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Q&A: Defense-in-Depth Strategies for Ransomware Threats


In our latest webinar, Defense-in-Depth Strategies for Ransomware Threats, we received so many compelling questions that there wasn’t enough time to answer them all. After the presentation, we sat down with Jonathan Echavarria, Enterprise Architect at ReliaQuest, to uncover the answers and bring them to you here in this blog.


Q: What are the key IOCs to monitor within an MDR tool to ensure ransomware is identified?


A: There are three parts to this answer.


The first is active directory usage and logging. You’ll want to monitor Kerberos Service Ticket Requests, which are a typical indicator of attacks like Kerberoasting. For logins, on the whole, you’ll want to track and understand where your users are authenticating FROM. If you notice that things fall outside of their normal authentication locations, that should issue a red flag. Additionally, you’ll want to track your users’ 2FA details. Denies should raise an immediate alarm – and you should also look for abnormal user agents (e.g., python request vs. a mobile user agent.


The second is detailed logging of process execution. You can do with your EDR or use system logging and ensure alerting is in place. Ensure you grab as much detail as you can afford to collect.


The third is file writes. Logging sensitive file writes, and especially overwrites, is particularly important for fileservers. When combined with strategies such as canaries, you can start to implement automated remediation strategies. For example, a file on the fileserver that shouldn’t normally be accessed is named “AAAA Legal Wire Instructions.docx.” By naming it AAAA, we abuse sorting strategies, as it will hopefully be the first file touched. Once a file write is detected on the file, you kill the calling process tree and lock the user account, which should hopefully help mitigate ransomware attacks in progress.


Q: What are some of the biggest “living off the land” attack vectors being utilized, and how do you best detect and prevent them?


A: Threat actors love to take advantage of living off the land vectors and pose risk to organizations by attempting to blend into activity. In most cases, attackers tend to use utilities such as nltest.exe, the native net.exe, wmi, etc.


The best strategy to mitigate living off the land vectors is to have a solid understanding of historical trends of how administrative tools are used within your environment. Understanding who uses the tools, how they use the tools, and what tools they use will allow you to develop accurate and insightful detections that are relevant to your environment. If your Windows administrators don’t typically use net.exe, but use some third-party administration tool, then it becomes viable to create detections when the lolbins are leveraged. Understanding who uses administrative tools makes it easy to spot when someone shouldn’t be. For example, the chances of someone in accounting executing a command via cmd.exe is likely extremely low. Creating detections for user groups that detect abuse of administrative “living off the land” tooling that is abnormal for the group is a high-value detection.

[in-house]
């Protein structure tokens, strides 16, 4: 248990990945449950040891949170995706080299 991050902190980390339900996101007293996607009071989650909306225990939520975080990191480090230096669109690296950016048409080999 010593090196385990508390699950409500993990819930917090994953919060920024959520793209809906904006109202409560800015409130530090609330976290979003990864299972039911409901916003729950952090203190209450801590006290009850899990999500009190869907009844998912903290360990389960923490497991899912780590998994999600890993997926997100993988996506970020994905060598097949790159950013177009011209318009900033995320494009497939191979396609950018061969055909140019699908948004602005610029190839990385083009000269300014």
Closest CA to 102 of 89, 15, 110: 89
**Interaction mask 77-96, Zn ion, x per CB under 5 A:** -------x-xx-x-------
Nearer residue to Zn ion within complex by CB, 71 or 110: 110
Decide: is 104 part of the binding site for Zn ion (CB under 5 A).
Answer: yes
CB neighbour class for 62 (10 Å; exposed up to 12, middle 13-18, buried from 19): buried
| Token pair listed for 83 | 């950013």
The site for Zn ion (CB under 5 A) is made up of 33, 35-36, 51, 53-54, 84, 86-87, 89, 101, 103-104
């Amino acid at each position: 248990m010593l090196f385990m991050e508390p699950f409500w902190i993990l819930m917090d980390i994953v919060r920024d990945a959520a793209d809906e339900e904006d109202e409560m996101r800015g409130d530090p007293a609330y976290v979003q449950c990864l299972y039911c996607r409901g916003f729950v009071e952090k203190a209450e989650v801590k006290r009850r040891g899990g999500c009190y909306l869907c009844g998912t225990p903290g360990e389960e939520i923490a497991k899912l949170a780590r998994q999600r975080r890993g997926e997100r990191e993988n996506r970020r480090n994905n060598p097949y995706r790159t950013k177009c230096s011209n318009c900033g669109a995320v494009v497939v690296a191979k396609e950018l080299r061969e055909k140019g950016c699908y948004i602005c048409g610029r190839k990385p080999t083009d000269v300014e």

Q: Is it better to fool intruders into a fake rabbit hole or block them completely?


A: Both are viable strategies. They are entirely separate but complementary strategies. “Blocking attacks completely” does nothing to prevent an attacker that could circumvent your mitigations. If all of your efforts were spent on first-line prevention, it becomes difficult to evict an attacker in time. It is unrealistic to expect to be able to block every single attack against an environment, so some efforts must be placed on laying traps and providing opportunities to detect intruders. Strategies such as canaries are effective for this, but so are creating detections around abnormal administrative activities.


Q: Besides backup, patches, updates, firewalls, and user education, how else do we stay protected from ransomware?


A: Detections, canaries, and exercising your remediation strategies! It’s imperative that you have containment and remediation playbooks in place and that they are exercised regularly. As you run through the scenario, take heavy notes on what’s working and what’s not working, and adjust accordingly. Conduct regular tabletop sessions to ensure that all stakeholders are aware of their responsibilities and are well-educated on how and what they need to do in the event of an incident. One can never TRULY mitigate the risk of an attack, but we can do a lot to reduce the cost impact of one.


Q: Do you see moving more backups into the cloud causing more security risk? Which one do you prefer?


A: “It depends.” There are a lot of factors that go into the risk calculation, but that primarily has to do with the management associated with them and the access to the data. This applies regardless of where the backups are located. You have to ask and answer…Is it easy to access the backups? Who has access to the backups? Are the backups segmented? What attack paths can a threat actor leverage to the administrative access to the backups? It is easier to ensure that backups are air-gapped from your environment in a local backup deployment, but it may increase the maintenance complexity.


A big “thank you” to Jonathan for sharing his insights in our webinar and follow-up Q&A. As ransomware continues to morph, we’ll be sure to cover the latest protection techniques. In the meantime, you can find a wealth of resources on our Ransomware Protection microsite.